"Never become a prisoner of your own style." - Armin Van Buuren
I barely limped into day two of the SCG Open in our nation's capital, and I found myself grinding for the extra one point into top 64, in which I came up short. I don't know what's been happening lately, but I know that I need to pick up my play if I'm going to have a shot at the top 16 on the Players' Championship leaderboard. Having two byes is awesome, and it would help a ton if I managed to obtain my second one for next season.
G/R Devotion was a fine deck, but I know that it probably won't be that great of a deck for the IQs. Whenever there are smaller events following major week one tournaments, the overreaction tends to be pretty big. Responding to this overreaction is key, and I think I know where I want to be for the first IQ.
Before I left Washington DC, I had the chance to jam some games with Kevin Jones. He was on the usual Jeskai stuff, while I was on an attempt at a G/B Constellation/Devotion hybrid. I really liked where the Roanoke crowd ended up with their Constellation build: four Hornet Queen, the usual Eidolon of Blossoms, Frontier Siege, and Doomwake Giant; but I also liked the strong elements of my devotion build: Polukranos, World Eater, Genesis Hydra, and more mana accelerants. There was also Ugin. What's not to love about Ugin? It's the best onboard end game available, and getting to it quickly was the way to go.
Except for one major flaw.
The decks that are trying to get to Ugin quickly are only trying to get there quickly. The green devotion decks, including the one I played in Washington D.C., often flailed around when we didn't have it and was too easily disrupted by the other green decks just playing Magic. With that, I was already off of G/R Devotion for the first IQ, and probably anything involving that color combination, in general. There were better decks out there, put simply.
I was expecting more R/W and Jeskai up in Westchester, where the IQ was being held. That's Kevin Jones territory, and I know for sure that many of the players that follow in his footsteps will be there. This puts me on this build:
- 4 Elvish Mystic
- 4 Hornet Queen
- 4 Sylvan Caryatid
- 4 Courser of Kruphix
- 3 Doomwake Giant
- 3 Eidolon of Blossoms
- 4 Polukranos, World Eater
The final inclusion of the deck was Whip of Erebos, a powerhouse of the midgame in Khans of Tarkir Standard. I didn't expect the card to perform that well, but I wanted a source of lifegain, as well as a way to not play the fourth Doomwake Giant while lowering my curve to better facilitate resources gained from Frontier Siege and Eidolon of Blossoms. I didn't really want to play the second Whip, but the fourth Eidolon may have been a little too soft to Drown in Sorrow and Anger of the Gods, so I went with the conservative route.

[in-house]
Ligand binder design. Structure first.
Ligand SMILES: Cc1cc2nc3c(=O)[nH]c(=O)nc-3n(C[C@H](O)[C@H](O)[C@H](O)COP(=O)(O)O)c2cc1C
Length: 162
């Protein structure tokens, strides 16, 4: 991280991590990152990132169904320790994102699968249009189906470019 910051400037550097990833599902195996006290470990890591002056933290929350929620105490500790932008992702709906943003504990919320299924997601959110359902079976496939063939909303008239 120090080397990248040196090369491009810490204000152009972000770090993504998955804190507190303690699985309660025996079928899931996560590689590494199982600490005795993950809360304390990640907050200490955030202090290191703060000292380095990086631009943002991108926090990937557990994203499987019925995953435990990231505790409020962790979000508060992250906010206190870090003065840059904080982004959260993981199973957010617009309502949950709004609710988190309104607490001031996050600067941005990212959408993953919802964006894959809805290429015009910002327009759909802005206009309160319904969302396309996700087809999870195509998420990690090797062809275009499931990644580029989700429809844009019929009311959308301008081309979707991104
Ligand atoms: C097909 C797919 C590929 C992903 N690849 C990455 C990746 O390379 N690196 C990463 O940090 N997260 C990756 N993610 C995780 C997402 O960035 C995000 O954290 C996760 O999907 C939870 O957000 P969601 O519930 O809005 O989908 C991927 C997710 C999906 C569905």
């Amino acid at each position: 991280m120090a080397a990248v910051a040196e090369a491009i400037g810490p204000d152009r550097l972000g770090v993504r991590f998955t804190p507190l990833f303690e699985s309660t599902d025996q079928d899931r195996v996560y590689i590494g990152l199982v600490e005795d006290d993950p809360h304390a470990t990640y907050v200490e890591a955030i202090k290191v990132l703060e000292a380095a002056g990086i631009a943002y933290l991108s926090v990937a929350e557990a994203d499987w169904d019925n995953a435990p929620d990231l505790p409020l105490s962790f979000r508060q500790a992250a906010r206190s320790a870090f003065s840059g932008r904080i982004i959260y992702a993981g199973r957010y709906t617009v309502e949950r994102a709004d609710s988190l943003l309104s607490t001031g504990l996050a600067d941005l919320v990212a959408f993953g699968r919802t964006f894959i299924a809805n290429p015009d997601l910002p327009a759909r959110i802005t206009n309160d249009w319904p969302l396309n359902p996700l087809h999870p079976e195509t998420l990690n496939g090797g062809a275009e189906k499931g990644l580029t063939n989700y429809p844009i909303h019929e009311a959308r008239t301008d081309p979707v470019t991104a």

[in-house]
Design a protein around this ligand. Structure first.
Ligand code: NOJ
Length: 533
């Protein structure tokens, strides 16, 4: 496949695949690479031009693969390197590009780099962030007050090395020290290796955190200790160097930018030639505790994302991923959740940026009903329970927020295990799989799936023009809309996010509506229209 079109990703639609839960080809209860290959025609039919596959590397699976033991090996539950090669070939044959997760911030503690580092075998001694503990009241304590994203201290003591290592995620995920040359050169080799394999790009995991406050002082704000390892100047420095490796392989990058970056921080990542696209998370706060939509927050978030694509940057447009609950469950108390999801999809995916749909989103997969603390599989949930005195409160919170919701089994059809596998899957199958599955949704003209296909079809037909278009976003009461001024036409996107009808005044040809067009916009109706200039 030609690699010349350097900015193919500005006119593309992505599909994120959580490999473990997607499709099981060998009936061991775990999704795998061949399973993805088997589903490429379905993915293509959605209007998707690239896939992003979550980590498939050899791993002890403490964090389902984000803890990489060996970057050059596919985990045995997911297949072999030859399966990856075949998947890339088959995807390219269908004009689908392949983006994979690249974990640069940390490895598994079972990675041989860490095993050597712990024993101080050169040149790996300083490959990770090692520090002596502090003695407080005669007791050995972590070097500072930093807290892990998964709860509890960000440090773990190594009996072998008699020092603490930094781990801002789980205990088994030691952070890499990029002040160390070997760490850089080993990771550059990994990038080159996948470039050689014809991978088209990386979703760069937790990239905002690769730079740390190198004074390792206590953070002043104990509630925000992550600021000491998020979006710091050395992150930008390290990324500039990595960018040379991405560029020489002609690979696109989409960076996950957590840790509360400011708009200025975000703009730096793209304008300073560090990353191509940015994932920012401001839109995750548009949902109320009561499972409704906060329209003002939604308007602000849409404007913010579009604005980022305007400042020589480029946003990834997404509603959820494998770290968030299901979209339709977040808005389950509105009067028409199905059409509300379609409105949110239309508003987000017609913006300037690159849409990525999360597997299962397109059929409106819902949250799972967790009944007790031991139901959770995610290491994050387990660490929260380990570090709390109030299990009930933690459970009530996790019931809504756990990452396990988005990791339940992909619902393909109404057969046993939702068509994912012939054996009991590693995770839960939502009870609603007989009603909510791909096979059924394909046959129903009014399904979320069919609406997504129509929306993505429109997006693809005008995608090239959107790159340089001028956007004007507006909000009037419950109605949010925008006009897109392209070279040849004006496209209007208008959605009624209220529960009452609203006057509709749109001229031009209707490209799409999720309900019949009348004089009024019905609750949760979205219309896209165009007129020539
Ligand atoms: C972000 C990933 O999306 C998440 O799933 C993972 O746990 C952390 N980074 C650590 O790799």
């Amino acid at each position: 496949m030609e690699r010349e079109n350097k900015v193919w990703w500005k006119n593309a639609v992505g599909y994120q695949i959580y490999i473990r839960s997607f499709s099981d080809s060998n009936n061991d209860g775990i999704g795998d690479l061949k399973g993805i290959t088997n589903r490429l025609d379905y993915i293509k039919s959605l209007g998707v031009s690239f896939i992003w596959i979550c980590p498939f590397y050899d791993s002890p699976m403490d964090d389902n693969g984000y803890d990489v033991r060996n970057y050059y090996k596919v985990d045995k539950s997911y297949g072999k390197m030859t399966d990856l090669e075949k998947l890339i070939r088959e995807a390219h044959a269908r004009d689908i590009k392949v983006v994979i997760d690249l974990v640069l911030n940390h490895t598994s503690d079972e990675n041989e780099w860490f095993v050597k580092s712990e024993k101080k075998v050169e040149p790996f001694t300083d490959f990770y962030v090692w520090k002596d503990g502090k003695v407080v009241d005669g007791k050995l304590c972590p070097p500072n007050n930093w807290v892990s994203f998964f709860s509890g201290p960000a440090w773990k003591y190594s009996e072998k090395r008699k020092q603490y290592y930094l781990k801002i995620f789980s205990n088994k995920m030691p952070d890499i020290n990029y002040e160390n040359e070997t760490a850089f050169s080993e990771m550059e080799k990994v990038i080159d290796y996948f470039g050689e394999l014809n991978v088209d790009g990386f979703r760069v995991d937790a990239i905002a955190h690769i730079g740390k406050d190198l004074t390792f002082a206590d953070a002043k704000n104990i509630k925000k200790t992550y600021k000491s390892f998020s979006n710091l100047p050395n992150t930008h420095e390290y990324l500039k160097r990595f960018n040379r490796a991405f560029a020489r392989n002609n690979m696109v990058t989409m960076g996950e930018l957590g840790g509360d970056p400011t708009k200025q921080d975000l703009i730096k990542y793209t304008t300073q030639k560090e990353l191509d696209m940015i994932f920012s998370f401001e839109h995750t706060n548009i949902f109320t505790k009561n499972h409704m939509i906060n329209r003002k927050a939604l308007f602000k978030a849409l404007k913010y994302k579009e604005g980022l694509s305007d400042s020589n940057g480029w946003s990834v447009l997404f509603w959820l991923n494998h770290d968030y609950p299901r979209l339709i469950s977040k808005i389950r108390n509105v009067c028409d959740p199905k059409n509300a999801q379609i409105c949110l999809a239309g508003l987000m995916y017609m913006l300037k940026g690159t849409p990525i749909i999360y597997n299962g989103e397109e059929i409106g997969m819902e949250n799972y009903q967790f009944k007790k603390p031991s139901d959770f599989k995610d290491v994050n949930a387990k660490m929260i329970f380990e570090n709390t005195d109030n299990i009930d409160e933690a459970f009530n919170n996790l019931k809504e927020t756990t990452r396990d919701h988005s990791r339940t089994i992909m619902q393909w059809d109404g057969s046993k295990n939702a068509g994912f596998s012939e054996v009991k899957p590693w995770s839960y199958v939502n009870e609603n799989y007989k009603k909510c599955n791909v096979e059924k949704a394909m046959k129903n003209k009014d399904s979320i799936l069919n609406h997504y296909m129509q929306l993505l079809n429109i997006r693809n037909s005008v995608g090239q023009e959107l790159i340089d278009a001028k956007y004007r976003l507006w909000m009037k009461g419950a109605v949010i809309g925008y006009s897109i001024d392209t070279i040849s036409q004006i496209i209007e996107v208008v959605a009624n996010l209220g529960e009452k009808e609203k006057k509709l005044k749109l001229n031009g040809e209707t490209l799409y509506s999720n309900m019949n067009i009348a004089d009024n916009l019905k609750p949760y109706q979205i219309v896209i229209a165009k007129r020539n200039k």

After losing my first round to the child prodigy Oliver Tomajko, I wound up going undefeated through the rest of Swiss to lock up a top 8 berth along with Andrew Jessup, Andrew Boswell, and Ross Merriam. I was pretty glad that Ross and I were in separate brackets, as the points were extremely important to the both of us. He's trying to get some more padding on his lead in the Season One race (before Jim went and won SCG Indy), while I'm looking to get into the top 16 to get two byes for Season Two. More importantly, I dodged playing one of the three R/W Aggro decks in the top 8 as well, along with the as The Bos's Abzan Aggro deck. Those decks are absolutely brutal on the play, and if I stumble at any point, none of them would relent. I ended up losing in the top 4 to the eventual winner of the event, who was on, you guessed it, R/W Aggro. I felt that the matchup was pretty good, but my opponent was very prepared, and he played very well. I picked up three points along the way, putting me in a tie with Todd Anderson for 16th place on Season Two as of that Thursday.
Going back, I would probably cut the second Whip of Erebos, but I'm not sure what for. I know that it would have to be an enchantment, since we're already on the low end of our enchantment count, but I'm not entirely sure which one. I'm skeptical about the fourth Frontier Siege and the fourth Eidolon of Blossoms. Maybe the fourth Doomwake Giant if you expect tokens. I don't wanna play stuff like Brain Maggot, as it doesn't really do anything, especially with Wild Slash and red-based fast midrange decks being popular. Maybe if there's a way to play an Abzan Constellation build.
Siege Rhino is still a messed up Magic card...